May 21, 2013 Editorial
Guyana has found itself in a tenuous situation because of the existing legislations that seek to curb money laundering and dent international terrorism. The government sent the various amendments to the National Assembly on May 7, last, and expects that the Bill would be passed when the House meets on May 23.
Already the Alliance For Change says that it is not prepared to support the Bill, not because its content is bad but because President Donald Ramotar refused to assent to two opposition Bills passed in the National Assembly. The President contended that the two Bills were an affront to the constitution and that he would not be party to any breach of the constitution.
But the opposition holds the opposing view. One of the Bills seeks to modify the benefits for former Presidents. They say that according to the existing legislation, there is no limit to the number of vehicles, the number of personal assistants including security guards that former President Bharrat Jagdeo has.
President Ramotar, by refusing his assent has in effect killed the Bill. In keeping with the regulations, it has been returned to the National Assembly. Before it reaches his desk again it must be accompanied by a two-thirds majority vote in the National Assembly. By no stretch can one see any government member voting in support of that Bill.
This has angered the Alliance For Change which is now proposing a tit for tat arrangement; “You don’t pass our Bills and we would not pass yours.” It does not take clairvoyance to see that the country would grind to a halt. There would be no new legislation and for sure, there would be no release of money when the government moves to access the supplementary votes.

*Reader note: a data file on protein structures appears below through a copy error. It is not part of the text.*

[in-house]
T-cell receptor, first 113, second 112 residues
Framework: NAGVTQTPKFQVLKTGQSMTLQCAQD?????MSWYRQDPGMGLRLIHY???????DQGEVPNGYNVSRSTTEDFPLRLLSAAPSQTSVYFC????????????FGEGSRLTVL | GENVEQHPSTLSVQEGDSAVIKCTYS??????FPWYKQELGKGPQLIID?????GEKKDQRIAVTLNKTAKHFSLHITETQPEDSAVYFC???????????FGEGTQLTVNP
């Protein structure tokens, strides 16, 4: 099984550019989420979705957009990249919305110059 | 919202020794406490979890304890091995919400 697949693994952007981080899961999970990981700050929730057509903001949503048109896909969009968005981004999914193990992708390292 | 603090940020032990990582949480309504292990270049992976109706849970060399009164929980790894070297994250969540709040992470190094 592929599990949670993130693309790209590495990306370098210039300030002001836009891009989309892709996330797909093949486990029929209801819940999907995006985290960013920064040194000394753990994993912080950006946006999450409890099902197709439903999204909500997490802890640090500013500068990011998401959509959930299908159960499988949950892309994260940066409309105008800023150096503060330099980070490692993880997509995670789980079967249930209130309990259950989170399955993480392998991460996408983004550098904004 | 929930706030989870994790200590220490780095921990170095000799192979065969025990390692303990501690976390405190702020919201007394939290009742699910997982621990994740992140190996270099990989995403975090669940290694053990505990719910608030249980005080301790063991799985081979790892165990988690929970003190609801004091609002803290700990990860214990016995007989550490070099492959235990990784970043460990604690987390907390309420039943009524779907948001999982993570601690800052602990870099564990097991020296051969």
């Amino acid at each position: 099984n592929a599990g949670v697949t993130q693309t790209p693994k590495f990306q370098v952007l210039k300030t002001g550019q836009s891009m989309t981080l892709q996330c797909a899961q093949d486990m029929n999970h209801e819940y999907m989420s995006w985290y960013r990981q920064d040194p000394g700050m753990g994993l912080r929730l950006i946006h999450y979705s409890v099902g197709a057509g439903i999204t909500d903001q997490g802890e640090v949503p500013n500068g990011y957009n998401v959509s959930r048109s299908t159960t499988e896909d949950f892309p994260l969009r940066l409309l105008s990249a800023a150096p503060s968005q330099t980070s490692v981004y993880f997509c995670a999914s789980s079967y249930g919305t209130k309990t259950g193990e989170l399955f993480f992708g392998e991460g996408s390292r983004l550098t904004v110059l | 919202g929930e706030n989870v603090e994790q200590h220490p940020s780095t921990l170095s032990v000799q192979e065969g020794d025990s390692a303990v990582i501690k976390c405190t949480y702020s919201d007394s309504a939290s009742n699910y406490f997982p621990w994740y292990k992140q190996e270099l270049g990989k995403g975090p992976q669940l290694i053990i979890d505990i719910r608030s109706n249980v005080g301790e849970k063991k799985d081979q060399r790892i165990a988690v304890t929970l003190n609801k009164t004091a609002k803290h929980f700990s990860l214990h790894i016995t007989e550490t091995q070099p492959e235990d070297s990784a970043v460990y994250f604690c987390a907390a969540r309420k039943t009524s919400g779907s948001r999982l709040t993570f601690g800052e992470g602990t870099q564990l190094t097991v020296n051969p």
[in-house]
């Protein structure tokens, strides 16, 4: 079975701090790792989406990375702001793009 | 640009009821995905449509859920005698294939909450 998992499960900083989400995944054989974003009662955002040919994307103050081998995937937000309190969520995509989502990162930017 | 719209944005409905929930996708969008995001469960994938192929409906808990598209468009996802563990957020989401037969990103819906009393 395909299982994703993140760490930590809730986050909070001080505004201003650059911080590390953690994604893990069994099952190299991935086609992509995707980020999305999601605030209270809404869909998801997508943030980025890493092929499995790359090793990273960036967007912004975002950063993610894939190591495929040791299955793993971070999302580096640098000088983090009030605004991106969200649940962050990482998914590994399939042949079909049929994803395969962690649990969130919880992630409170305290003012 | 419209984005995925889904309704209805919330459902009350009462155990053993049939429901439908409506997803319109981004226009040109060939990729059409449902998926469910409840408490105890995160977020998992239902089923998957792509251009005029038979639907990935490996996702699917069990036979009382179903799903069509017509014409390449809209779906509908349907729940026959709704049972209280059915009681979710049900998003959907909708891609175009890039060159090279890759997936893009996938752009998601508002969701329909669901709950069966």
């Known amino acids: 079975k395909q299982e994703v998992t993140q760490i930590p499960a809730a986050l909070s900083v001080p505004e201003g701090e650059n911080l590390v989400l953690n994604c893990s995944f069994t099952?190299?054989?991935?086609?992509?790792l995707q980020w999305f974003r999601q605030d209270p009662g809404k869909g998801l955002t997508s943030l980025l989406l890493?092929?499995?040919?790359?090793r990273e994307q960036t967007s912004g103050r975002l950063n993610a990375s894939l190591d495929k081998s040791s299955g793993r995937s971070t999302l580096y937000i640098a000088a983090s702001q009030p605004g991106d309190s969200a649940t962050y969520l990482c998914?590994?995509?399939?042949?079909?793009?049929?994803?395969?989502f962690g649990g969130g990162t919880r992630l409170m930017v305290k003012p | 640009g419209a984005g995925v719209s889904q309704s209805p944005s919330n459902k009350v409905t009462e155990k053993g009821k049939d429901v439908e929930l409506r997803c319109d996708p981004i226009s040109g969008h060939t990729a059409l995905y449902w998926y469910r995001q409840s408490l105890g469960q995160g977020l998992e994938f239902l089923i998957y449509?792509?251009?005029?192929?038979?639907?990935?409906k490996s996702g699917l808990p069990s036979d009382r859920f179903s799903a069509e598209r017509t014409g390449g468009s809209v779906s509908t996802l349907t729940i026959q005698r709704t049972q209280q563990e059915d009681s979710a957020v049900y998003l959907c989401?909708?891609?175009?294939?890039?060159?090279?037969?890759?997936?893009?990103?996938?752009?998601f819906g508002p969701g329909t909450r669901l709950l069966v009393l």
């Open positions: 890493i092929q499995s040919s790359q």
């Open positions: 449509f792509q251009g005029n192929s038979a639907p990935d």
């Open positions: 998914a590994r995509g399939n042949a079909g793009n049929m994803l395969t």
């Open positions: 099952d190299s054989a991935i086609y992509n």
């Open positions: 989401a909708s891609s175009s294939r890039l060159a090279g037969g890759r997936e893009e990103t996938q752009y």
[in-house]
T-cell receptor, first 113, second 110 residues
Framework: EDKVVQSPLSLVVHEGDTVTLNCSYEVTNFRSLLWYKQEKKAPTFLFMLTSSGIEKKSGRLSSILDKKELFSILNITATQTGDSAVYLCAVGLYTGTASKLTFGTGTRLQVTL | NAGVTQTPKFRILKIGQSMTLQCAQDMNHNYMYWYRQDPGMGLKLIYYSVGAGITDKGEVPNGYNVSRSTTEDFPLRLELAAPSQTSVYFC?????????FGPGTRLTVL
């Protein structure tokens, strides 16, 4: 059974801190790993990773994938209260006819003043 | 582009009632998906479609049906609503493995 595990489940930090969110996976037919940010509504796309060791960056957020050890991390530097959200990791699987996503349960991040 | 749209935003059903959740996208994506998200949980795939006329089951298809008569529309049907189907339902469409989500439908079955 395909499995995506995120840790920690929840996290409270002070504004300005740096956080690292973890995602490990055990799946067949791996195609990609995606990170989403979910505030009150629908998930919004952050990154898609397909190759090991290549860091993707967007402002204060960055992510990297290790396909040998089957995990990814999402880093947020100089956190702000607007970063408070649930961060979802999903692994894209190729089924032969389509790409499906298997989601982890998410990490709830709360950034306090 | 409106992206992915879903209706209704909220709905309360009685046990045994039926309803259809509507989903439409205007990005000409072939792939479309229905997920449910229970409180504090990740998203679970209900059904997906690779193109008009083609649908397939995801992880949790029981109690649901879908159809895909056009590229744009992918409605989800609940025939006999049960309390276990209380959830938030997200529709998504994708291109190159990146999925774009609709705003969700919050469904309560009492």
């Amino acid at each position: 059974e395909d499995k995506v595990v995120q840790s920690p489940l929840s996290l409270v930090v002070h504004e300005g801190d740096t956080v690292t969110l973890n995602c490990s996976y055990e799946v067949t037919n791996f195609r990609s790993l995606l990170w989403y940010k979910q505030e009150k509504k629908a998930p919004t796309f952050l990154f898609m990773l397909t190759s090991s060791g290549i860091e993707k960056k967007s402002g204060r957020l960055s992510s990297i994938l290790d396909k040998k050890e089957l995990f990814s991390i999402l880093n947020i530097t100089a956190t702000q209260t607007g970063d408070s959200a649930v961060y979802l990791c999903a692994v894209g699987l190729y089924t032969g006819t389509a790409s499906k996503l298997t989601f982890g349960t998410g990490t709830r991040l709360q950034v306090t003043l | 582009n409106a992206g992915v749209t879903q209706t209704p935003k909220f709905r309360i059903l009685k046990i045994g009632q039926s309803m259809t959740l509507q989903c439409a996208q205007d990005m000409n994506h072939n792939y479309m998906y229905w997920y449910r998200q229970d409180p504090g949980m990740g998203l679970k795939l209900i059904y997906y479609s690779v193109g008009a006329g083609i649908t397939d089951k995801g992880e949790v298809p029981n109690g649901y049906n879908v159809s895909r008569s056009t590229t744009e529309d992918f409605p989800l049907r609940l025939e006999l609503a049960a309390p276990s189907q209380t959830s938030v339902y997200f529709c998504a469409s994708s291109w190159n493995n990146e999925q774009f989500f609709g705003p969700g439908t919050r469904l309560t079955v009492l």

One of the pieces of legislation that seems to have been caught up in this tit for tat arrangement is the Anti-Money Laundering and Countering the Financing of Terrorism Amendment Bill. Guyana has until it meets in Colombia on May 27 to have this legislation in place. Failing to reach this deadline could have serious implications for the country.
For one the country could be blacklisted, making it difficult for money transfers to be effected. Local businessmen would be hard pressed to pay for imports and these range from vehicles to clothing to just about anything. Given the parlous state of electricity Guyana may not be able buy the needed generators out of the United States.
Bank transfers could be stymied and international donors could withhold financing since the issue of monitoring the money would be questionable.
One would expect that such a frightening scenario would see a united National Assembly working to ensure that Guyana is not blacklisted. Generally, when a country is blacklisted it remains a pariah for about seven years. And this is a real fear on the part of the national leaders.
But we now find that the political opposition is harbouring no such fears. For one, they believe that the government was less than transparent and they now want the very government to be brought to book. The A Partnership for National Unity initially questioned the timing of the Bill. This Bill has been languishing in the national Assembly for two years. Then suddenly, with two weeks to go before the deadline it has been brought for the vote. APNU is suspicious about the rush.
The Alliance for Change is not even considering such things. It simply wants to see a Public Procurement Commission in place, a drastic change from an earlier position when it proposed that all Government Bills be voted against in retaliation for President Ramotar withholding his assent to opposition Bills.
So where does this leave the people of Guyana? They could raise their voices for a greater transparency in the government; or they could rail against the opposition. For sure, no one wants to see Guyana become a pariah state although everyone knows that money laundering is rife and that the government is not too keen on prosecuting the so-called prominent people.
The nation must now hold its breath until tomorrow.
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